The main source of small amount of water is precipitation in the form of rain or snow. So, measurement of this precipitation (Rainfall/Snowfall) becomes necessary since it forms a very important input for the economic planning of a country. Precipitation could be either in liquid form (Rainfall including drizzle, rain and shower) or solid form (Snowfall), or mixed form (Sleet). Whether it is in the form of rain or snow, precipitation is measured and expressed in terms of depth or thickness of layer it would form on the horizontal surface of the earth if there were no loss by evaporation, runoff or by infiltration [1]. India is blessed with two distinctive phases of monsoon. About 80% of our national average rainfall received from southwest monsoon phase and the rest 20% showers from the northeast phase of monsoon. Annual and seasonal (especially monsoon) rainfall from different parts of India in addition to the world is showing variability and tendency, either increasing or decreasing [2,3].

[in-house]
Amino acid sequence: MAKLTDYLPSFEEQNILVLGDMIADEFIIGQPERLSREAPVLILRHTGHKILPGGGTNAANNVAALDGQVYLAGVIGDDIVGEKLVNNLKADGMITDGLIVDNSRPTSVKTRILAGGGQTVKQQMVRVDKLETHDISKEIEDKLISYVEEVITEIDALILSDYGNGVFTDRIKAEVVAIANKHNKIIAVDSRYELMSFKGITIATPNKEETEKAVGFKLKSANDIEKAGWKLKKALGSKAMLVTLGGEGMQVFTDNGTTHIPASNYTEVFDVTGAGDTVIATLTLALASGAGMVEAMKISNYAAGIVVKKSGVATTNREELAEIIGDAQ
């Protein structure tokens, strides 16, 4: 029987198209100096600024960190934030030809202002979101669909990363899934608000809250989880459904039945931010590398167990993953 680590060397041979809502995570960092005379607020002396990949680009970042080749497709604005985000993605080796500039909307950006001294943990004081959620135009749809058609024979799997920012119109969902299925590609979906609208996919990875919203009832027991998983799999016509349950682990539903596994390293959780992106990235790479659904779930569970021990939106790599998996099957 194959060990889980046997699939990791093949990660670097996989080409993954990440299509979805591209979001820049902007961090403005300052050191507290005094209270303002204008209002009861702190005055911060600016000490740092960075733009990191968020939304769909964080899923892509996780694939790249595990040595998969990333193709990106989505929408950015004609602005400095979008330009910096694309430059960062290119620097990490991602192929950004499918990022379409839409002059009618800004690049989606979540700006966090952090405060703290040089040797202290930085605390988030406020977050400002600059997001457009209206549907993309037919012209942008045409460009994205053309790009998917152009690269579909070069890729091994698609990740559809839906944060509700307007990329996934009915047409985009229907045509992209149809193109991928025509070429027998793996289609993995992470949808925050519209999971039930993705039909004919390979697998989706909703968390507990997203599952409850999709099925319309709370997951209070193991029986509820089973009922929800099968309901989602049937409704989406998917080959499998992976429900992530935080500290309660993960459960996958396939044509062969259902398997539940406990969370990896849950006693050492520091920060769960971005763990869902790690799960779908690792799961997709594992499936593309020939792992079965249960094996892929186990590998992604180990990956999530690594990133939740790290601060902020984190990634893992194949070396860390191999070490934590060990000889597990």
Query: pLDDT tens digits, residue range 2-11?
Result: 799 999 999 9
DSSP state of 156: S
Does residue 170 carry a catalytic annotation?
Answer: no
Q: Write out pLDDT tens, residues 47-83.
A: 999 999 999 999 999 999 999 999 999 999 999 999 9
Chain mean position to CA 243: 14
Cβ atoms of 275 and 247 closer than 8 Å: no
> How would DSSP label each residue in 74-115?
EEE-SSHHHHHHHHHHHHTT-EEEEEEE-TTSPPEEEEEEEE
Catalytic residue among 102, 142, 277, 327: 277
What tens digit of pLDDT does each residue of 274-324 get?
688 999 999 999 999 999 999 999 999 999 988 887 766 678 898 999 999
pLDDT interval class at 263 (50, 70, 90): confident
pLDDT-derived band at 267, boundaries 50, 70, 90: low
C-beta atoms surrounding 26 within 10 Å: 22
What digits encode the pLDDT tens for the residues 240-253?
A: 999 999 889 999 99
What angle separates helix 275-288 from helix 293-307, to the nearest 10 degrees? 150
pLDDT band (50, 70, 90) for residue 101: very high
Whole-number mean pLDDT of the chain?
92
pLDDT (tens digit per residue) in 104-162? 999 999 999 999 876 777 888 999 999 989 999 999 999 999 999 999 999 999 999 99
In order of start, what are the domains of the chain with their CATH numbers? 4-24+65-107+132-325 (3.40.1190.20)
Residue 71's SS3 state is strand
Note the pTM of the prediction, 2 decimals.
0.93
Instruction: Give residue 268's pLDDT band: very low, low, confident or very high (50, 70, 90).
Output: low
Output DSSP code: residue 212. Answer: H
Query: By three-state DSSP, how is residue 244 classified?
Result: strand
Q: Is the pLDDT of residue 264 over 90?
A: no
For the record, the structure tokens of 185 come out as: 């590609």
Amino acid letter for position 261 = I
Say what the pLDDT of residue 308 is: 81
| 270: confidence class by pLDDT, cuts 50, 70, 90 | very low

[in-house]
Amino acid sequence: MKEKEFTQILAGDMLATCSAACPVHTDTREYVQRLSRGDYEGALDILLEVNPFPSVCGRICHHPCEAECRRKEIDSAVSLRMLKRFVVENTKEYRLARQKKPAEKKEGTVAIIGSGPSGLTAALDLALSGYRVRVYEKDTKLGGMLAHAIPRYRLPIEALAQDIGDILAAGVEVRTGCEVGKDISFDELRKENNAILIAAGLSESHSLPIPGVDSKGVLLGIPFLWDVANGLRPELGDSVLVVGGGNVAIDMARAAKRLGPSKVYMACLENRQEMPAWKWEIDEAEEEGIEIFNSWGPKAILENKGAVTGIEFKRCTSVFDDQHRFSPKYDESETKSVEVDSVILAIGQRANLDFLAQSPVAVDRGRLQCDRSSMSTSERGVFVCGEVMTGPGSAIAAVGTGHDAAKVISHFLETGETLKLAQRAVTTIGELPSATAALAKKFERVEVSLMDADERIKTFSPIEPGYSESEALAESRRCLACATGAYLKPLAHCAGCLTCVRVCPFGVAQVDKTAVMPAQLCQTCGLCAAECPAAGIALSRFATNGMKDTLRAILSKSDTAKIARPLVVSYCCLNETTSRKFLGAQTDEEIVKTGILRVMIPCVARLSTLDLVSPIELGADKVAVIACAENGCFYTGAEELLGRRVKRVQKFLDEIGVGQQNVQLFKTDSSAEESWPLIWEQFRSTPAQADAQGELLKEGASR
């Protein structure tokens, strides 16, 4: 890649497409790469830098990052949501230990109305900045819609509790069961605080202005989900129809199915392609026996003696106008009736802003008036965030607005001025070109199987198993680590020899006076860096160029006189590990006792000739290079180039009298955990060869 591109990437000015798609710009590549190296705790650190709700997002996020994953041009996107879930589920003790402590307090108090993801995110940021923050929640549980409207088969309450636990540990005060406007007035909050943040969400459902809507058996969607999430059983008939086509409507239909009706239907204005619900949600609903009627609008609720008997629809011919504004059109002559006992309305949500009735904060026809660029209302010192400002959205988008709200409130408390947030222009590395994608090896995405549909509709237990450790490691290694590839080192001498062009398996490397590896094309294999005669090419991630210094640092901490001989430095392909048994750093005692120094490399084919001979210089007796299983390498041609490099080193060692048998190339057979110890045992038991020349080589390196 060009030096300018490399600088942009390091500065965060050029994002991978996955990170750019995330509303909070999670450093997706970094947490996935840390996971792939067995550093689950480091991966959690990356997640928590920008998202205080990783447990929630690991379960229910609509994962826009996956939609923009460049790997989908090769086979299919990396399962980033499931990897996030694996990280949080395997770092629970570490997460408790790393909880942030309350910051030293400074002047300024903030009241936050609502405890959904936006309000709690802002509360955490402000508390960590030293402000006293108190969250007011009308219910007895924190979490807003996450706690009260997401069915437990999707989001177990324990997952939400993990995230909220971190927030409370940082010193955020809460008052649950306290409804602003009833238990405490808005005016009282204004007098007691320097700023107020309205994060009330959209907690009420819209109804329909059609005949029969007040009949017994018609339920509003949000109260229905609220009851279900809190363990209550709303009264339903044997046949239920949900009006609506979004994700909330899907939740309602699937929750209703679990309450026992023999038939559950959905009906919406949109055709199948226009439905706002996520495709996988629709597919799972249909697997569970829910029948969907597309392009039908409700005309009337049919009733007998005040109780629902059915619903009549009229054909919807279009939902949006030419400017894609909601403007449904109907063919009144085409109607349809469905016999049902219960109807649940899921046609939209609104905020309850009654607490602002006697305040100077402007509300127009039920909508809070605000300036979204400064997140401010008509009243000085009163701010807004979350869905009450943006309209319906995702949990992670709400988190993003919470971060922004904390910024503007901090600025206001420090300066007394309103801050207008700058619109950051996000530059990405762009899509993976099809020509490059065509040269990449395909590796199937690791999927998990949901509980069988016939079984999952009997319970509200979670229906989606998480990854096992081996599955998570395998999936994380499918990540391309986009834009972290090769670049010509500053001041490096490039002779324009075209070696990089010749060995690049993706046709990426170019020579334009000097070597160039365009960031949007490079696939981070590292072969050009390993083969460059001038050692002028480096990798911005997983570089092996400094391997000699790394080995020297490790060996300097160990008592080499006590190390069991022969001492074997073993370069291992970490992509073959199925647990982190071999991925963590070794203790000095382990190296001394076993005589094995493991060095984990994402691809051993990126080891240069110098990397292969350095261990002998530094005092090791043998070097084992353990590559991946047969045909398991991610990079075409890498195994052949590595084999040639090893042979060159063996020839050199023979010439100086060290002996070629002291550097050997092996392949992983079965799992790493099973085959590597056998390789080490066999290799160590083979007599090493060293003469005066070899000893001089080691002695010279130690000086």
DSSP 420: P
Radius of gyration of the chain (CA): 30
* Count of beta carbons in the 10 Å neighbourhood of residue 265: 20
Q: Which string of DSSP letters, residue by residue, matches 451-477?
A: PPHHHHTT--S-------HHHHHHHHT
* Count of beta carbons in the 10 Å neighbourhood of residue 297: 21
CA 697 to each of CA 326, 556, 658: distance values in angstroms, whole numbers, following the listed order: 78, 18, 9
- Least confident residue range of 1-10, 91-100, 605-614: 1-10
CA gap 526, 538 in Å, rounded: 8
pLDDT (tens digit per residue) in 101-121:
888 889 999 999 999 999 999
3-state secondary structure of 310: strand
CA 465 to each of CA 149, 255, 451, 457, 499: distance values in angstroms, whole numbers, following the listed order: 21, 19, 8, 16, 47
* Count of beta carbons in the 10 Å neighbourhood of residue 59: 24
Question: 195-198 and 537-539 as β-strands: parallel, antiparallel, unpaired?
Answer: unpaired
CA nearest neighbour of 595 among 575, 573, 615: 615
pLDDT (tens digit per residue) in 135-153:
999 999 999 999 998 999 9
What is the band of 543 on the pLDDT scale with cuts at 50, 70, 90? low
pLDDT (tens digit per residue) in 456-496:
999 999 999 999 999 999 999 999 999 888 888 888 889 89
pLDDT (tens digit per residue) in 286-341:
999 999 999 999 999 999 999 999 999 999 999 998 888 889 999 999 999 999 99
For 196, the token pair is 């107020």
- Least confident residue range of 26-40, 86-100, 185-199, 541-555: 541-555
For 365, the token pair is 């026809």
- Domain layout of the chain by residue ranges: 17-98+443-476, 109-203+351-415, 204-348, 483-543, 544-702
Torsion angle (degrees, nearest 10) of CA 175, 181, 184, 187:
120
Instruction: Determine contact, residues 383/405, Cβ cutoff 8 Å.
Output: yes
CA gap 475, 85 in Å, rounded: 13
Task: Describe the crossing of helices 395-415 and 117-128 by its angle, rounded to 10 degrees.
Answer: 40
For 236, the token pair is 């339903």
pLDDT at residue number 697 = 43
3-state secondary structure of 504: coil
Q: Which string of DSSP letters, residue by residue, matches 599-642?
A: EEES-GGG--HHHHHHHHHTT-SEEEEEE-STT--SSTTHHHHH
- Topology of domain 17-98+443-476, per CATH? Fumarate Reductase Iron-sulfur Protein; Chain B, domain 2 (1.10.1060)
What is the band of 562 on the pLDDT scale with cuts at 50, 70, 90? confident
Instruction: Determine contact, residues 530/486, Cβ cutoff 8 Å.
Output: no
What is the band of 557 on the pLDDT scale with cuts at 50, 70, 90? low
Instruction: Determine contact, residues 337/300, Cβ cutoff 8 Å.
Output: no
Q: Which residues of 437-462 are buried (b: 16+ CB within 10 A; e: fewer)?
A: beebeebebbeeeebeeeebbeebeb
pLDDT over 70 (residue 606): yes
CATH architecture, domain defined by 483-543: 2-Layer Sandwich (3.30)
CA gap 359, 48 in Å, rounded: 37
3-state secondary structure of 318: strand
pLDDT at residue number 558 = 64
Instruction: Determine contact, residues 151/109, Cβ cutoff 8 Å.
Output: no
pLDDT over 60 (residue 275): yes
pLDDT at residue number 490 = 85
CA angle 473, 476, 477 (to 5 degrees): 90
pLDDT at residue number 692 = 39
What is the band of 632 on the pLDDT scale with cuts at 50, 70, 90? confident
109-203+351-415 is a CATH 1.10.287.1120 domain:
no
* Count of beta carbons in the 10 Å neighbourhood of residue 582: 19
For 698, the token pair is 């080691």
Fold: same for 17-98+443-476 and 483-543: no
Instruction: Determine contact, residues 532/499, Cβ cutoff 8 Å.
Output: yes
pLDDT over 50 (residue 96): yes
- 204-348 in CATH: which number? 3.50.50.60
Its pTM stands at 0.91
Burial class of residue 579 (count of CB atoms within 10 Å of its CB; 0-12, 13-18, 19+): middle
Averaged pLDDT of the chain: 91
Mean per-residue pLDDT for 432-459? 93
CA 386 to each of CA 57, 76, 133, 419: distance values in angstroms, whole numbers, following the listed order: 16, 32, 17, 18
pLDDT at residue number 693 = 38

From past several decades, studies are mainly focusing on the pattern of monsoon rainfall in India that have been instigated to assess the trends [4-6]. Consequently, scientists also have explored the variability and trend of rainfall at regional scale and at several meteorological stations and substations of cities, India [7-10]. Furthermost of these studies are conducted at the daily, monthly, annual and seasonal scale to comprehend the trend and pattern of distribution and many studies also failed to detect any precise trend [11]. But increasing or decreasing trends were established in monthly rainfall in the different regions of India [3,12- 23]. The above review of literature is mainly for consideration of the rainfall analysis was investigated for important metropolitan and sub-metropolitan stations located within the Indian region. Keeping the above views in attention, an effort has been made to investigate the distribution nature of rainfall which will be convenient for proper agricultural crop planning and its management.